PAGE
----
15 Responses

  1. Mike from laser dist
    Mike from laser dist at |

    Here’s a tip: You don’t NEED to change anything when you do an ESX 4.1 to ESXi 5 upgrade. I know that sounds crazy, but when you pop in the install CD for ESXi 5, it will ask if you want to preserve your ESX 4.1 settings. And it actually works.

    Reply
    1. @vcdxnz001
      @vcdxnz001 at |

      Hi Mike. It will actually work (although some settings from 4.1 are not taken across). But this assumes that the existing settings are optimal and the best for vSphere 5, which in many cases they won't be. vSphere HA is one of the most miss-configured features of vSphere.

      Reply
  2. Alastair
    Alastair at |

    My data-shed also shares a circuit breaker with the kitchen.

    I've trained my wife and daughters to reset the breaker when the kettle stops working

    Reply
  3. Ben Loveday
    Ben Loveday at |

    Heh, good story dude, we've done a lot around integrating various UPS vendors and shutdown commands to vsphere, whether it be full ESX or ESXi and the vMA. Let me know if you need any info 🙂

    Reply
    1. @vcdxnz001
      @vcdxnz001 at |

      Hi Ben, Anything on Dell UPS's and APC for vSphere 5 would be great. I used to run the APC Auto Shutdown software for vSphere 4. But I don't know if they've updated it.

      Reply
  4. Auto Start Breaks in 5.0 Update 1 – Not Just Free vSphere Hypervisor Version « Long White Virtual Clouds

    […] Perhaps this is a bit of a legacy that is now probably not needed with the changes to VMware HA in vSphere 5? The reason I say it’s a bit of a legacy is that in previous versions of vSphere HA would not record the power state of each VM and power everything back on when the hosts boot up in the case of a complete power outage. In vSphere 5 this is exactly what happens. You can find out more by reading my article vSphere 5 HA Complete Failure Experience. […]

  5. David
    David at |

    We are currently using Dell UPS to shutdown 2 Esxi 5 Hosts and 1 Vcenter Server and it's working great. The only thing you need are VMA on the Esxi hosts and configure auto shutdown of the VMA followed by the other Virtual Machines when there is a power cut. Works a treat.

    Reply
  6. David
    David at |

    ooops forgot that the dell Ups local node manager has to be installed on the esxi hosts as well.

    Reply
    1. @vcdxnz001
      @vcdxnz001 at |

      Thanks David. I'll give that a try. I have made my power supply more diverse now and am running it off two circuits so it's much less likely to fail just because my wife is cooking in the kitchen :). The next failure scenario regarding my kids pushing the power buttons in turn is a little harder to solve without some more physical security. I will definitely give the Dell UPS Local Node Manager a shot though.

      Reply
  7. Chuck
    Chuck at |

    What I'm confused about, and experiencing in a newly implemented VM environment with an HP P4000 VSA, is that the VSA host powers on after a full power failure, but as designed it stops at the login prompt of the SAN/iQ software, awaiting the START command, and thereby the vSAN is not available, so my VM's fail to start even though VMWare ESXi 5 is remembering which hosts were running so it restarts them. Where have we gone wrong?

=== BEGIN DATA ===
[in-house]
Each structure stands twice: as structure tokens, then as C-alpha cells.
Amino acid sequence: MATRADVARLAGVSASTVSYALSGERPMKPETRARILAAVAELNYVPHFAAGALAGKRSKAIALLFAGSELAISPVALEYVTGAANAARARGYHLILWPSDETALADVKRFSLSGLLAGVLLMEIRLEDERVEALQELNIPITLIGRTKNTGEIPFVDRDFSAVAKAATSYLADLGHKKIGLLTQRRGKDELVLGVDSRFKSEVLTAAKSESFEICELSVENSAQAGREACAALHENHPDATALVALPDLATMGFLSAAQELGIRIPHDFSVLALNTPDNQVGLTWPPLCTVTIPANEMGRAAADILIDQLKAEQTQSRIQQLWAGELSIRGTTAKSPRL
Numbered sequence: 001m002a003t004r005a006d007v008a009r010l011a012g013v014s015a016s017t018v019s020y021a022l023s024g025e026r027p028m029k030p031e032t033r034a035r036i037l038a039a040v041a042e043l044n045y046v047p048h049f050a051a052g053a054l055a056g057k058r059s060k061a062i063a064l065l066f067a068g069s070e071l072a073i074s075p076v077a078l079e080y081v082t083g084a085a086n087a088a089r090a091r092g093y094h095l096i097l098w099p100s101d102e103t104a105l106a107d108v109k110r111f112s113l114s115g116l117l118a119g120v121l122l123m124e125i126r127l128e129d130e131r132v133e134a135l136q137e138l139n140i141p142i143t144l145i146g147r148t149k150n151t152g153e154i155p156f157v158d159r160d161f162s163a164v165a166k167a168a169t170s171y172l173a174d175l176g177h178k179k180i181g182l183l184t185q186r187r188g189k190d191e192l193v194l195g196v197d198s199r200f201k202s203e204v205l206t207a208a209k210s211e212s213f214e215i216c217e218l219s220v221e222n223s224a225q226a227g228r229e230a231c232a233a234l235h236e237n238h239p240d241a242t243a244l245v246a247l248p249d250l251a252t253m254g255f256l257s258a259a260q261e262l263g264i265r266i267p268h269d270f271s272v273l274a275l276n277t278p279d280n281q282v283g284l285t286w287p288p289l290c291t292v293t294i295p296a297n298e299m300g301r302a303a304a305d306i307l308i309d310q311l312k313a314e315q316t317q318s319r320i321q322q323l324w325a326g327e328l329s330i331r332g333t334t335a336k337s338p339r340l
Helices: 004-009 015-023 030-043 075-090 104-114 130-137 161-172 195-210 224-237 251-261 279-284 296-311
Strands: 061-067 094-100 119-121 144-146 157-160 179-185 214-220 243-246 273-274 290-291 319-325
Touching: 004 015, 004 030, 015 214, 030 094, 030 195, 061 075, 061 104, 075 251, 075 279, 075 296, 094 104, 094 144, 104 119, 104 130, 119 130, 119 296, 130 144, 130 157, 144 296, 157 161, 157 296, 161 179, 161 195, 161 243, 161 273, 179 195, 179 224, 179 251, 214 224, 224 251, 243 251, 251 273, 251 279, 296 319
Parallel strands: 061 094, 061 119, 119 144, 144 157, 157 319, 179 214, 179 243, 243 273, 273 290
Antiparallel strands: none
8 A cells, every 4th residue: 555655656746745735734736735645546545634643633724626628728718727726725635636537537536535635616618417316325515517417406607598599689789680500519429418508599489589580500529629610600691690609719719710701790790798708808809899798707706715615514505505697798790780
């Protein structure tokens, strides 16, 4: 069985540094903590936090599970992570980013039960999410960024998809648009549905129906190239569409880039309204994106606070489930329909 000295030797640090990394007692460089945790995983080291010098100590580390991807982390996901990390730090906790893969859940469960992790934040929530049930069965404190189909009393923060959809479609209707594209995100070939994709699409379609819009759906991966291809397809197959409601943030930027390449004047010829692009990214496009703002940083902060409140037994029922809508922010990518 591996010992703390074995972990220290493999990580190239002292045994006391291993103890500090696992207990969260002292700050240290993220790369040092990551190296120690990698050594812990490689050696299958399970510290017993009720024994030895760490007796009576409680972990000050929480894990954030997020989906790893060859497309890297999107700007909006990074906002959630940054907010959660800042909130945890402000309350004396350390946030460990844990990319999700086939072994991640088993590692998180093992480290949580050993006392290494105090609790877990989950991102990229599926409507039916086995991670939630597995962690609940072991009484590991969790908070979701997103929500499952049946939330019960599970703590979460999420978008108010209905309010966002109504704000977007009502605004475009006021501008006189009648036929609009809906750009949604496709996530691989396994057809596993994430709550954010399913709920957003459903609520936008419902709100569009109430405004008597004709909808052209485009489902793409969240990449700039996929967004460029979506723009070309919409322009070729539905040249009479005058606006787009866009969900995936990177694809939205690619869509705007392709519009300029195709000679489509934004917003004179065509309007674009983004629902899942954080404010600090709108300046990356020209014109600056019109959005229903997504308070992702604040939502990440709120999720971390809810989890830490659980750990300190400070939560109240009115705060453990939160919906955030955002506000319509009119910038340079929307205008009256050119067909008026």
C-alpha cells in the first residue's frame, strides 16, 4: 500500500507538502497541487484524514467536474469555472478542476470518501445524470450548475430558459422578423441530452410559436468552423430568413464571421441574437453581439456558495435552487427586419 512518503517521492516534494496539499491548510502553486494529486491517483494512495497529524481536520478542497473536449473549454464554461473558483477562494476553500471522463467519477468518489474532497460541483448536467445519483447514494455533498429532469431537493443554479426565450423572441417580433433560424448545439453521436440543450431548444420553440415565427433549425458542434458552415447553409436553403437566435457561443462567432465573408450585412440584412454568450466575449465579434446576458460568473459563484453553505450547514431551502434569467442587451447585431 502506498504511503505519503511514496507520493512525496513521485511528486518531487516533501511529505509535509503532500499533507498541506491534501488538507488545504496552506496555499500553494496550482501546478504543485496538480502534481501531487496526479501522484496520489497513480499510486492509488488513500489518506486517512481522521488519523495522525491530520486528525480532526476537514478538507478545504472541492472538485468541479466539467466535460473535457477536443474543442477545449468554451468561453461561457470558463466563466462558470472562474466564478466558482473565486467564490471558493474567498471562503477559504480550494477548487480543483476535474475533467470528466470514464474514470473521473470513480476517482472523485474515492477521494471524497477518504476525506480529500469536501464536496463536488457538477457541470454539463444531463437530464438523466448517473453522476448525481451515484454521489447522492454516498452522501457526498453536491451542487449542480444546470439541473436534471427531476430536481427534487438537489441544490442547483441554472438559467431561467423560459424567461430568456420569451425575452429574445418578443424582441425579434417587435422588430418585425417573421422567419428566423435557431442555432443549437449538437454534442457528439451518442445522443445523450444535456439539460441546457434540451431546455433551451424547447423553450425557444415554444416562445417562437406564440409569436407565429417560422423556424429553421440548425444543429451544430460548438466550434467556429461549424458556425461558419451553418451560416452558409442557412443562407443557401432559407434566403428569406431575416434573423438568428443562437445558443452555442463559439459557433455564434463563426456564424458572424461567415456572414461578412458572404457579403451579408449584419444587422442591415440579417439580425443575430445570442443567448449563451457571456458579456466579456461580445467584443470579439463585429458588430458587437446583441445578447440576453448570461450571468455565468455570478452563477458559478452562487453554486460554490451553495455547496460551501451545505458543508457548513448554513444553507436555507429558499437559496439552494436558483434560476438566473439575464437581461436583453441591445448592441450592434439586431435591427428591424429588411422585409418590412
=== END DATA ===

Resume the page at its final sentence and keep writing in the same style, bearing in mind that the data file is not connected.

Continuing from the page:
Reply
    1. @vcdxnz001
      @vcdxnz001 at |

      Hi Chuck, As Ben mentioned that is expected. But the SAN/iQ Software is still running even though only the prompt is displayed. There is no need to issue the start command. You will most likely need to rescan the datastores, and if the VSA's are on a Distributed Switch you will likely have to restart the management agents on the host. The problem is that the storage would not have been available when the host booted.

      Reply
  8. Ben Loveday
    Ben Loveday at |

    Hi Chuck,

    That is normal behaviour for the VSA. The console is used for performing initial configuration tasks and resetting the management group and passwords. You'll probably find that it is because your VSA hasnt started in time for the host to see the iSCSI datastores as being available. We had similar issues and found that a manual rescan of the iSCSI adapter brought everything into life. I suppose you'd need to put a restart priority on the VSA and delay the remaining VM's…possibly doing a HBA rescan scripted from a vMA. Anyway, I hope this helps.

    Cheers,

    Ben

    Reply
  9. djsdjs
    djsdjs at |

    So maybe you have an idea on this. I have a vm I want to have come back up automatically, always. Its in HA and that’s all good except when there is a power outage and the ups gracefully shuts things down. HA sees its state as shutdown and it won’t start if there is a host still up and it won’t start when the power comes back on as of 5.0u1.

    I supposed I could hack together a script to check its state periodically and restart it if it is shutdown, but that seems inelegant with all this fancy ha hanging about.

    Am I missing a setting some where?

    Reply
    1. @vcdxnz001
      @vcdxnz001 at |

      There is a bit of a gap there at the moment. Scripting is one way of solving it, but you'd have to have another system handle bringing it back up. The other option is to have the UPS not shut down that particular VM and then HA will automatically power it back up when everything comes back to life. To protect the application and data integrity you'd want to get the OS to not power off the VM when the OS has shut itself down, so basically a halt. So you might have to disable or remove the advanced power management from the OS, or tweak some advanced settings. I've described the situation with 5.0 U1 in my article about Auto Start being broken. You can refer to http://longwhiteclouds.com/2012/03/28/auto-start-….

      Reply
  10. RichM
    RichM at |

    Wow, and I just learned something I didn't know. Thanks.

    Reply

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